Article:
Lee Aase (@leeaase)
Director, Mayo Clinic Center for Social Media
Activity by Lee Aase
ROCHESTER, Minn. ‚ÄĒ July 10, 2012. ¬†The Mayo Clinic Center for Social Media today announced a research contest encouraging measurement and validation of the application of social media tools to improve health care, promote health and fight disease.
The contest, held in conjunction with the annual member meeting of Mayo's Social Media Health Network, Oct. 18‚Äď19, 2012, seeks submission of research-based abstracts and case studies demonstrating benefits of social media throughout the health care ecosystem.
"When Mayo Clinic's leaders established our Center for Social Media two years ago this month, they gave us a broad mandate to identify beneficial applications of social media in health care," says Farris Timimi, M.D.,
medical director for the center. "They also encouraged us to collaborate with others in health care to disseminate best practices through our Social Media Health Network. We hope this research-based contest and the scientific session at our member meeting will help catalyze measurement of social media interventions and sharing of findings."
The Social Media Health Network member meeting caps social media week at Mayo Clinic, which begins with Mayo's two-day Social Media Residency and includes its annual Social Media Summit, produced in collaboration with Ragan Communications. A panel will evaluate submissions for scientific merit, with qualified abstracts to be displayed and discussed in a poster session at the beginning of the member meeting.
Authors of the three highest-ranking abstracts will receive complimentary admission to both the summit and the member meeting and will present their findings orally at a plenary session.
Spontaneous Coronary Artery Dissection (SCAD) is a relatively rare and poorly understood condition that seems to affect more women than men. The coronary arteries consist of three layers, and dissection occurs when two of these layers separate, enabling blood to flow into the space between the layers. As the blood accumulates, this can cause obstruction to normal blood flow within the heart, leading to chest pain, heart attack and even sudden death.
Because SCAD is relatively rare, the medical community has much to learn about treatment and prevention of this¬†potentially fatal cardiovascular event.
Mayo Clinic is conducting two new studies of SCAD. One involves building a database of patients with SCAD (whether they have been patients at Mayo Clinic or not) to hopefully identify patterns that could guide future research. Another involves creating a biobank of blood samples from patients with SCAD and their close relatives, to potentially see whether genetic factors play a role in development of SCAD.
To be eligible to participate in the studies, you or a close relative need to have a confirmed diagnosis of SCAD, which is done through a coronary angiogram. If you are interested in learning more about the studies and whether you may be eligible, please contact the study coordinator at (507) 266-3180.
With your consent, Mayo Clinic staff will request a CD of your angiograms from your physician, to determine whether you qualify for the studies. If you are eligible, they will contact you and provide more information about the studies and ask you to sign an informed consent document.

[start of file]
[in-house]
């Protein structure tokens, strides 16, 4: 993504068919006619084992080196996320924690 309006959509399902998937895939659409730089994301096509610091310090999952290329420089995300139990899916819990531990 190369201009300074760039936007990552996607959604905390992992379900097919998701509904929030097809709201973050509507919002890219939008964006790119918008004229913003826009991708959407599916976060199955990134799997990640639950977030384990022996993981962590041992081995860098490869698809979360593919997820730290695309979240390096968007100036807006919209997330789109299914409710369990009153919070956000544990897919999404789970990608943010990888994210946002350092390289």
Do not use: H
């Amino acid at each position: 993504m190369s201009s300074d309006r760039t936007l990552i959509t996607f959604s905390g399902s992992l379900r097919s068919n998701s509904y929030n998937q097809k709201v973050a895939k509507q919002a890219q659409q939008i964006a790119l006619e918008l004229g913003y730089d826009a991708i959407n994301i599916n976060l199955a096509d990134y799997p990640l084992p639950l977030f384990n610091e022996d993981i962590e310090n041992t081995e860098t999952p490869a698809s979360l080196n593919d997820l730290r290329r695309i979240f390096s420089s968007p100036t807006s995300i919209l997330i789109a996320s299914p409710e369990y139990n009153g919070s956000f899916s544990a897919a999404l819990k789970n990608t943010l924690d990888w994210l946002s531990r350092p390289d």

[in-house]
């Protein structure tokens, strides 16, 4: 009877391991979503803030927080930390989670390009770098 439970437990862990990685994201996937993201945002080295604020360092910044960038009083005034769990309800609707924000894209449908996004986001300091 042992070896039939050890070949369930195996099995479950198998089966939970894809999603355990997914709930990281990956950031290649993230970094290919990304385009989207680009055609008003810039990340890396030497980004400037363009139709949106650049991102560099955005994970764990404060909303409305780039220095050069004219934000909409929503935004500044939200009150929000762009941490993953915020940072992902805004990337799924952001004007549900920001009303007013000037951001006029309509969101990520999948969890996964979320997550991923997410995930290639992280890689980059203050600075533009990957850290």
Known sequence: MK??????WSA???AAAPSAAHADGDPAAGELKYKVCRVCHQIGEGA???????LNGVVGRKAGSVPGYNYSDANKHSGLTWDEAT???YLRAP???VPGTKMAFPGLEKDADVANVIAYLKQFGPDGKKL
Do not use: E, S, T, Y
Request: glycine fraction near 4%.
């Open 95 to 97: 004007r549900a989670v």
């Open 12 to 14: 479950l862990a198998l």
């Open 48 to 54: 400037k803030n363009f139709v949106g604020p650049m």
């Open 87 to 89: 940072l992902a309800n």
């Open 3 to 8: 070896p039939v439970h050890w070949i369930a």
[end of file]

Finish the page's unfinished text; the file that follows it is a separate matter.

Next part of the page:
Please note that the comments section below is not the place to indicate your interest in the study. If you would like more information about study participation, contact the research team - Dr. Sharonne Hayes¬†or study coordinator Jill Boyum - call¬†(507) 266-3180 or fax your contact information to (507) 284-5907.
A Mayo Clinic study¬†published this month in¬†Pacing and Electrophysiology¬†(PACE), suggests that a class of medications more commonly prescribed for older adults is a strong first-line treatment for teenagers with a debilitating condition called postural orthostatic tachycardia syndrome, or POTS.
Phil Fischer, M.D., medical director of Mayo Clinic's children's hospital and a POTS specialist, led the retrospective study of teenagers diagnosed with POTS at Mayo Clinic. The patients were surveyed approximately a year after their diagnosis, and while over half of those taking midodrine reported improvement in symptoms, all of those taking ő≤-blockers had felt improvement.
Dr. Fischer provides an overview of POTS, the study results and their implications for treatment of future patients with POTS:
"This is a small study, but it is an important step because POTS is not well understood even within the medical community," Dr. Fischer explains. "POTS is a real syndrome in which the patient's heart rate accelerates abnormally when moving from lying down to standing up, and it causes a whole cascade of symptoms from fatigue to stomach upset that are often mistaken for depression. This study points to the important role medications can play, in conjunction with other changes, to help these mostly high-achieving young people get their lives back."
As you can see from the¬†extensive comments¬†in response to the POTS podcast, there would be no shortage of patients to possibly include in a news story about this study. Another interesting angle is that the brother of the patient featured in the 2006¬†Mayo Clinic Medical Edge¬†TV story raised the funds to pay for the statistical analysis required for the study on medication effectiveness being reported this month in PACE.